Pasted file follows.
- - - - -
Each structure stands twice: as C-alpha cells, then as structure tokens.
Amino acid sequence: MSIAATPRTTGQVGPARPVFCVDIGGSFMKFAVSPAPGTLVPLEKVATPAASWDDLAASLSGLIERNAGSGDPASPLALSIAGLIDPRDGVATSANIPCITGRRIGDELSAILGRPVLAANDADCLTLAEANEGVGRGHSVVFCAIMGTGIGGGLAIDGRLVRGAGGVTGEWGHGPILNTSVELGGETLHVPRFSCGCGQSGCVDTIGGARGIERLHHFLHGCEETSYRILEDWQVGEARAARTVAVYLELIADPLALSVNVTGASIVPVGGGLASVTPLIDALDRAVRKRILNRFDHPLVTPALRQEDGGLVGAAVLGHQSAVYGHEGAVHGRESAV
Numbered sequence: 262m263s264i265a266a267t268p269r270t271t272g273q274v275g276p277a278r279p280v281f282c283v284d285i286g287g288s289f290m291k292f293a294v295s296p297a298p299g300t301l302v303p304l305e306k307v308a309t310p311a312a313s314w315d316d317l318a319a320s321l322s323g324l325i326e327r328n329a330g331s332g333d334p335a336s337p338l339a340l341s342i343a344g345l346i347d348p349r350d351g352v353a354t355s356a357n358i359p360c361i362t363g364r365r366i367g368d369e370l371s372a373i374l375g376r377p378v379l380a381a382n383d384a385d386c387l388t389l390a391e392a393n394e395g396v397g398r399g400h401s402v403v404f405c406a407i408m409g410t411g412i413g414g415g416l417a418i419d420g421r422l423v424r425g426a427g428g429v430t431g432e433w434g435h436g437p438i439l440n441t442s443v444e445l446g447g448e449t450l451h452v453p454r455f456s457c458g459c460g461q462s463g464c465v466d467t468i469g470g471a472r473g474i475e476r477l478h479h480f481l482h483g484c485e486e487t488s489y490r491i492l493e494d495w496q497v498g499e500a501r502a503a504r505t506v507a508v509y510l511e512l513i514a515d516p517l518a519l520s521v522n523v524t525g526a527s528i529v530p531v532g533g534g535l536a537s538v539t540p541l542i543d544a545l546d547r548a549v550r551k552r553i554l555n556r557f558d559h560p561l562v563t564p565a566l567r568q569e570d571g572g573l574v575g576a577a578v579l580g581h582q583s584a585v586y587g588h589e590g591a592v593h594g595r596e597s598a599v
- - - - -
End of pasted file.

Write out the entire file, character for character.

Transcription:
Each structure stands twice: as C-alpha cells, then as structure tokens.
Amino acid sequence: MSIAATPRTTGQVGPARPVFCVDIGGSFMKFAVSPAPGTLVPLEKVATPAASWDDLAASLSGLIERNAGSGDPASPLALSIAGLIDPRDGVATSANIPCITGRRIGDELSAILGRPVLAANDADCLTLAEANEGVGRGHSVVFCAIMGTGIGGGLAIDGRLVRGAGGVTGEWGHGPILNTSVELGGETLHVPRFSCGCGQSGCVDTIGGARGIERLHHFLHGCEETSYRILEDWQVGEARAARTVAVYLELIADPLALSVNVTGASIVPVGGGLASVTPLIDALDRAVRKRILNRFDHPLVTPALRQEDGGLVGAAVLGHQSAVYGHEGAVHGRESAV
Numbered sequence: 262m263s264i265a266a267t268p269r270t271t272g273q274v275g276p277a278r279p280v281f282c283v284d285i286g287g288s289f290m291k292f293a294v295s296p297a298p299g300t301l302v303p304l305e306k307v308a309t310p311a312a313s314w315d316d317l318a319a320s321l322s323g324l325i326e327r328n329a330g331s332g333d334p335a336s337p338l339a340l341s342i343a344g345l346i347d348p349r350d351g352v353a354t355s356a357n358i359p360c361i362t363g364r365r366i367g368d369e370l371s372a373i374l375g376r377p378v379l380a381a382n383d384a385d386c387l388t389l390a391e392a393n394e395g396v397g398r399g400h401s402v403v404f405c406a407i408m409g410t411g412i413g414g415g416l417a418i419d420g421r422l423v424r425g426a427g428g429v430t431g432e433w434g435h436g437p438i439l440n441t442s443v444e445l446g447g448e449t450l451h452v453p454r455f456s457c458g459c460g461q462s463g464c465v466d467t468i469g470g471a472r473g474i475e476r477l478h479h480f481l482h483g484c485e486e487t488s489y490r491i492l493e494d495w496q497v498g499e500a501r502a503a504r505t506v507a508v509y510l511e512l513i514a515d516p517l518a519l520s521v522n523v524t525g526a527s528i529v530p531v532g533g534g535l536a537s538v539t540p541l542i543d544a545l546d547r548a549v550r551k552r553i554l555n556r557f558d559h560p561l562v563t564p565a566l567r568q569e570d571g572g573l574v575g576a577a578v579l580g581h582q583s584a585v586y587g588h589e590g591a592v593h594g595r596e597s598a599v